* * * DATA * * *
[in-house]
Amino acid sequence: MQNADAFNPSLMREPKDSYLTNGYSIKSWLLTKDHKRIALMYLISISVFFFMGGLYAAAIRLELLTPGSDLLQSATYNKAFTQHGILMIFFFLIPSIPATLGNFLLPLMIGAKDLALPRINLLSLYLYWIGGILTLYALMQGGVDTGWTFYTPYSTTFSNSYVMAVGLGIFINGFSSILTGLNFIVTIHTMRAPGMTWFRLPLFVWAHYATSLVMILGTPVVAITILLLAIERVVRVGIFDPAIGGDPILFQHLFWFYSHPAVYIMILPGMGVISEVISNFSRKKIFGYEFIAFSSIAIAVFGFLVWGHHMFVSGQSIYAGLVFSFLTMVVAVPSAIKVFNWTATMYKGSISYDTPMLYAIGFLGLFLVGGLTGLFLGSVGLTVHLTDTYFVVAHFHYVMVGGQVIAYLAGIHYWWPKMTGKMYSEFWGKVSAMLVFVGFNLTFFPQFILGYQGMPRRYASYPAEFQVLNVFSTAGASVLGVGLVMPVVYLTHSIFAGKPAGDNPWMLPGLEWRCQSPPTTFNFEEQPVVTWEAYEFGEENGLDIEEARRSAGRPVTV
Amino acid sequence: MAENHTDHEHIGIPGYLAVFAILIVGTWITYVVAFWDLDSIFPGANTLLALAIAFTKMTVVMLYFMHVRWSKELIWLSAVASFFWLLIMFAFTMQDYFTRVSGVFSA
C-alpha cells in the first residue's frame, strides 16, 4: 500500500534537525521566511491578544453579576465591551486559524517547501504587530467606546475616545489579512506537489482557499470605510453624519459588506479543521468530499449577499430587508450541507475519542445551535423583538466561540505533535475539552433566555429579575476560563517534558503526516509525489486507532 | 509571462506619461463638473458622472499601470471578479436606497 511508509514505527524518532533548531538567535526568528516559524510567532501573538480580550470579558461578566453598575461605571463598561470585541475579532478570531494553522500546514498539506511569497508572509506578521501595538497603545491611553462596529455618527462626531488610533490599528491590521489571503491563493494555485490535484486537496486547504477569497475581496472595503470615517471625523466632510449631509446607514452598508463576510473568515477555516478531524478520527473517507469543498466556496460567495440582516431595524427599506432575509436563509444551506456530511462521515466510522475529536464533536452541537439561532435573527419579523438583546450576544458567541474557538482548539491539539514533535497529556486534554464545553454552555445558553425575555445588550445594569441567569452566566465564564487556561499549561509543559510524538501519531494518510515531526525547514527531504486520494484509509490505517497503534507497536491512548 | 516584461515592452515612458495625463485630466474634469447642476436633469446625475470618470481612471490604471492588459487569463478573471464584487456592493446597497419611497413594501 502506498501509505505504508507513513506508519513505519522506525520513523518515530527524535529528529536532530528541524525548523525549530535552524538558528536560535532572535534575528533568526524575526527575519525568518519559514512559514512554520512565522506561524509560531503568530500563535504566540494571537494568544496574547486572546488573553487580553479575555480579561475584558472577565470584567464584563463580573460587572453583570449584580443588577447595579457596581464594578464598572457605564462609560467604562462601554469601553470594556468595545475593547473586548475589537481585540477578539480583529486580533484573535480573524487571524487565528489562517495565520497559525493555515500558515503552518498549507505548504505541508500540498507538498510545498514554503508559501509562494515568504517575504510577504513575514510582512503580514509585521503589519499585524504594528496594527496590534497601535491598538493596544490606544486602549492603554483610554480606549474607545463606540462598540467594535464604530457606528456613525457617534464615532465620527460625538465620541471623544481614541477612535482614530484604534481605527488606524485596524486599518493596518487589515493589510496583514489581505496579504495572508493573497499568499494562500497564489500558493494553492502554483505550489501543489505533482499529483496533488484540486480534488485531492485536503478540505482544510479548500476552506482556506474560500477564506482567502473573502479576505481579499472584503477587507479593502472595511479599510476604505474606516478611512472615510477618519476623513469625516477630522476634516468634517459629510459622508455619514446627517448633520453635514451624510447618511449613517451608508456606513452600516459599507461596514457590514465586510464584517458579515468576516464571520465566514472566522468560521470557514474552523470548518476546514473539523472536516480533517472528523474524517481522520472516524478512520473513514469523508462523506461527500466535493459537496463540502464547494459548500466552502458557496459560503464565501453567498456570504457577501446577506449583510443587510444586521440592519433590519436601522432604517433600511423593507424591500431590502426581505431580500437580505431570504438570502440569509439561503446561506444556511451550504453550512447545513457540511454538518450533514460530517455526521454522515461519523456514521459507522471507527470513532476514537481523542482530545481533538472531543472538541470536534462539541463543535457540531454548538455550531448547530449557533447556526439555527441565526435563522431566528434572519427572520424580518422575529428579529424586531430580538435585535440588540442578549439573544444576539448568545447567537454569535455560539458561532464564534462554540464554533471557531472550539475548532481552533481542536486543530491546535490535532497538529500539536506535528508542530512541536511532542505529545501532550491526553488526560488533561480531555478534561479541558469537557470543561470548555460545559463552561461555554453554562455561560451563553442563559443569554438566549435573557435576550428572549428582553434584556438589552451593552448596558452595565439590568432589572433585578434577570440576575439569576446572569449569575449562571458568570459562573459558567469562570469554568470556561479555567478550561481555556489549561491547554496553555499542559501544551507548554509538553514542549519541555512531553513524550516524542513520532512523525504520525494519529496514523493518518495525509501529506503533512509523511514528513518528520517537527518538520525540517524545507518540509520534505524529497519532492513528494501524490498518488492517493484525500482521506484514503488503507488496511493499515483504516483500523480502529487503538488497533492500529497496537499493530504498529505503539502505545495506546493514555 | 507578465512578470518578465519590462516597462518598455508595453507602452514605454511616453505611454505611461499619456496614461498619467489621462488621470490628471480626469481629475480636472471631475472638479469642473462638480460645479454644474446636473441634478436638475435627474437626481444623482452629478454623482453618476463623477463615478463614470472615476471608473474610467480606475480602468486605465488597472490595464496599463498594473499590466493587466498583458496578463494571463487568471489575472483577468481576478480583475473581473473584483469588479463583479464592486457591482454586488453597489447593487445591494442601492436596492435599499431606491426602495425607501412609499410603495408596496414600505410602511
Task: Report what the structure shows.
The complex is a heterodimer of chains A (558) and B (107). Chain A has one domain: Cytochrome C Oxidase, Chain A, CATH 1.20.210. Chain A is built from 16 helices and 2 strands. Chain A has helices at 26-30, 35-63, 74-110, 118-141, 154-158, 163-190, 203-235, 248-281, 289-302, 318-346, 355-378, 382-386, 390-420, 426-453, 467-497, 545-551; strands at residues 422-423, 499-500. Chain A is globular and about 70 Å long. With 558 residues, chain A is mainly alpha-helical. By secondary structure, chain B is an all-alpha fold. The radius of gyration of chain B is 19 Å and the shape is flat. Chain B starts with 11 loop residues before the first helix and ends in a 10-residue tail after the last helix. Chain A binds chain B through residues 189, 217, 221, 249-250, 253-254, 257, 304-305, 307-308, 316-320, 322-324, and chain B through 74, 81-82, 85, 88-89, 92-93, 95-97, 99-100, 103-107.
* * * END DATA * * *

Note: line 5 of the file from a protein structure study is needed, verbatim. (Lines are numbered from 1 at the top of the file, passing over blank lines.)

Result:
Task: Report what the structure shows.